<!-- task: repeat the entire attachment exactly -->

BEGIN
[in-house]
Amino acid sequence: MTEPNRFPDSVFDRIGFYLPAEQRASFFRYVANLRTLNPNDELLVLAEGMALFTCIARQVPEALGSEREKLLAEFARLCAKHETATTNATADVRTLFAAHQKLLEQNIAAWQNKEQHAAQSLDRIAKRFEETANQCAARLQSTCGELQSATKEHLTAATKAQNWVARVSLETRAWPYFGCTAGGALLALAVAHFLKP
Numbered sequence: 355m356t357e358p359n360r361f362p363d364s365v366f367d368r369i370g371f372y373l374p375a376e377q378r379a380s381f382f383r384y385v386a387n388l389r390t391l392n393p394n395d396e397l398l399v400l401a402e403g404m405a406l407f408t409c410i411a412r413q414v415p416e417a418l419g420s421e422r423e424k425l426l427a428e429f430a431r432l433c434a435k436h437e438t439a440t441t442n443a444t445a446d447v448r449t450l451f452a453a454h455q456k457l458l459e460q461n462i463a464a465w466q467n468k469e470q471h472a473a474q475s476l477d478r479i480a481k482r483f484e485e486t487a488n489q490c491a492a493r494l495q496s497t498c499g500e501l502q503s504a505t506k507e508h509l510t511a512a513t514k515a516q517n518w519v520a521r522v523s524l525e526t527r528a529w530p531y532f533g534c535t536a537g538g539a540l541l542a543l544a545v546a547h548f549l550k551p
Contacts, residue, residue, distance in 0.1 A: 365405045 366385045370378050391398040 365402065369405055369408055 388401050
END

[in-house]
Amino acid sequence: MTEPNRFPDSVFDRIGFYLPAEQRASFFRYVANLRTLNPNDELLVLAEGMALFTCIARQVPEALGSEREKLLAEFARLCAKHETATTNATADVRTLFAAHQKLLEQNIAAWQNKEQHAAQSLDRIAKRFEETANQCAARLQSTCGELQSATKEHLTAATKAQNWVARVSLETRAWPYFGCTAGGALLALAVAHFLKP
Numbered sequence: 355m356t357e358p359n360r361f362p363d364s365v366f367d368r369i370g371f372y373l374p375a376e377q378r379a380s381f382f383r384y385v386a387n388l389r390t391l392n393p394n395d396e397l398l399v400l401a402e403g404m405a406l407f408t409c410i411a412r413q414v415p416e417a418l419g420s421e422r423e424k425l426l427a428e429f430a431r432l433c434a435k436h437e438t439a440t441t442n443a444t445a446d447v448r449t450l451f452a453a454h455q456k457l458l459e460q461n462i463a464a465w466q467n468k469e470q471h472a473a474q475s476l477d478r479i480a481k482r483f484e485e486t487a488n489q490c491a492a493r494l495q496s497t498c499g500e501l502q503s504a505t506k507e508h509l510t511a512a513t514k515a516q517n518w519v520a521r522v523s524l525e526t527r528a529w530p531y532f533g534c535t536a537g538g539a540l541l542a543l544a545v546a547h548f549l550k551p
Contacts, residue, residue, distance in 0.1 A: 365405045 366385045370378050391398040 365402065369405055369408055 388401050